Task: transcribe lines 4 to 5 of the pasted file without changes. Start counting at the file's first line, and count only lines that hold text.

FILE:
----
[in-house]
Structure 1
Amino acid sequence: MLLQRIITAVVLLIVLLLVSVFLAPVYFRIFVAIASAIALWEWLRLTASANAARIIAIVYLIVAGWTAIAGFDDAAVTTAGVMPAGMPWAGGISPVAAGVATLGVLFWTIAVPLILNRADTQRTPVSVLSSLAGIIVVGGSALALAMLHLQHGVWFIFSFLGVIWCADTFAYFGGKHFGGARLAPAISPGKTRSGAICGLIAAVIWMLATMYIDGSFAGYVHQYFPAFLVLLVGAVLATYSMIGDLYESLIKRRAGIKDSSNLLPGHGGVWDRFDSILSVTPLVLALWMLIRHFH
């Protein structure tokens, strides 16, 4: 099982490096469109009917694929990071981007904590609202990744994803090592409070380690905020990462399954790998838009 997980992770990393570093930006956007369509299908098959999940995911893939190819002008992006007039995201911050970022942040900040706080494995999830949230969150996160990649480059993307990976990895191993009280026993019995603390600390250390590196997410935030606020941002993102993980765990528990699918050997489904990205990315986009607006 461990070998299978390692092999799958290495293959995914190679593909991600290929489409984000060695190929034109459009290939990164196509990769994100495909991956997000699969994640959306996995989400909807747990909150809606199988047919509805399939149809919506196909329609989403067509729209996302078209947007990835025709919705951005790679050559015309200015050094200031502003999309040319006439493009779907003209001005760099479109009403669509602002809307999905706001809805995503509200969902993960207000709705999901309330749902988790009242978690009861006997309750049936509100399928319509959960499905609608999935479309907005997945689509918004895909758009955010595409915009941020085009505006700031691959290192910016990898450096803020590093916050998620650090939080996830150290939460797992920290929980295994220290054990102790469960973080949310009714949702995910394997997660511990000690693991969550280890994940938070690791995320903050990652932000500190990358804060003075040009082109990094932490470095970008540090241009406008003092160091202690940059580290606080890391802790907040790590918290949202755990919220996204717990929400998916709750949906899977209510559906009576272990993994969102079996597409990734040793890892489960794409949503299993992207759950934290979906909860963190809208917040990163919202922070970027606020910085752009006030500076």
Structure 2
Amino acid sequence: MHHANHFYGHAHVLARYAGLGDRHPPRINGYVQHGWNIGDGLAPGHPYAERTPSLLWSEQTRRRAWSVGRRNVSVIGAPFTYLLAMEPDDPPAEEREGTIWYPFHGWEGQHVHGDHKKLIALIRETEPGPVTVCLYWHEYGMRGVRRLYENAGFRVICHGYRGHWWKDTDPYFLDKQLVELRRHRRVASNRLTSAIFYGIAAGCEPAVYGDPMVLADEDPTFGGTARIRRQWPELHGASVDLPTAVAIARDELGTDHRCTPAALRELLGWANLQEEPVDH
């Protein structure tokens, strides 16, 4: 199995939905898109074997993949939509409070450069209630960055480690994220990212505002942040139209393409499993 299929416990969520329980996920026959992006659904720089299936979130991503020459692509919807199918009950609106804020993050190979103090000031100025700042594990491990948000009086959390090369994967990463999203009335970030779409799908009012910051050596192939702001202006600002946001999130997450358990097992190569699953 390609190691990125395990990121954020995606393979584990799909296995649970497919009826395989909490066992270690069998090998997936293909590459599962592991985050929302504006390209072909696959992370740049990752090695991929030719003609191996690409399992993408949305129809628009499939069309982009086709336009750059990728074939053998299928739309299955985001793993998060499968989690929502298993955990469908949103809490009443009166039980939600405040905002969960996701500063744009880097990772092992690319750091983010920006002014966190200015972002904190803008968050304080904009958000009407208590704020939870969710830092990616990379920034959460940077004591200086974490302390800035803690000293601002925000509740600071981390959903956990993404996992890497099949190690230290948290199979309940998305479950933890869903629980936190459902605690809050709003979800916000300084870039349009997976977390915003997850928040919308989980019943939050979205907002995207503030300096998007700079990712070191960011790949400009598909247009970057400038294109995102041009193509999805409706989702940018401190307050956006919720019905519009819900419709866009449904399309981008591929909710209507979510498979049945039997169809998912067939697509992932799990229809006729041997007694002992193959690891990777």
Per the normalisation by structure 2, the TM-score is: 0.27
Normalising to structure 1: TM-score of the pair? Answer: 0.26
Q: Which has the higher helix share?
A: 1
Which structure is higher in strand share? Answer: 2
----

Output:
């Protein structure tokens, strides 16, 4: 099982490096469109009917694929990071981007904590609202990744994803090592409070380690905020990462399954790998838009 997980992770990393570093930006956007369509299908098959999940995911893939190819002008992006007039995201911050970022942040900040706080494995999830949230969150996160990649480059993307990976990895191993009280026993019995603390600390250390590196997410935030606020941002993102993980765990528990699918050997489904990205990315986009607006 461990070998299978390692092999799958290495293959995914190679593909991600290929489409984000060695190929034109459009290939990164196509990769994100495909991956997000699969994640959306996995989400909807747990909150809606199988047919509805399939149809919506196909329609989403067509729209996302078209947007990835025709919705951005790679050559015309200015050094200031502003999309040319006439493009779907003209001005760099479109009403669509602002809307999905706001809805995503509200969902993960207000709705999901309330749902988790009242978690009861006997309750049936509100399928319509959960499905609608999935479309907005997945689509918004895909758009955010595409915009941020085009505006700031691959290192910016990898450096803020590093916050998620650090939080996830150290939460797992920290929980295994220290054990102790469960973080949310009714949702995910394997997660511990000690693991969550280890994940938070690791995320903050990652932000500190990358804060003075040009082109990094932490470095970008540090241009406008003092160091202690940059580290606080890391802790907040790590918290949202755990919220996204717990929400998916709750949906899977209510559906009576272990993994969102079996597409990734040793890892489960794409949503299993992207759950934290979906909860963190809208917040990163919202922070970027606020910085752009006030500076």
Structure 2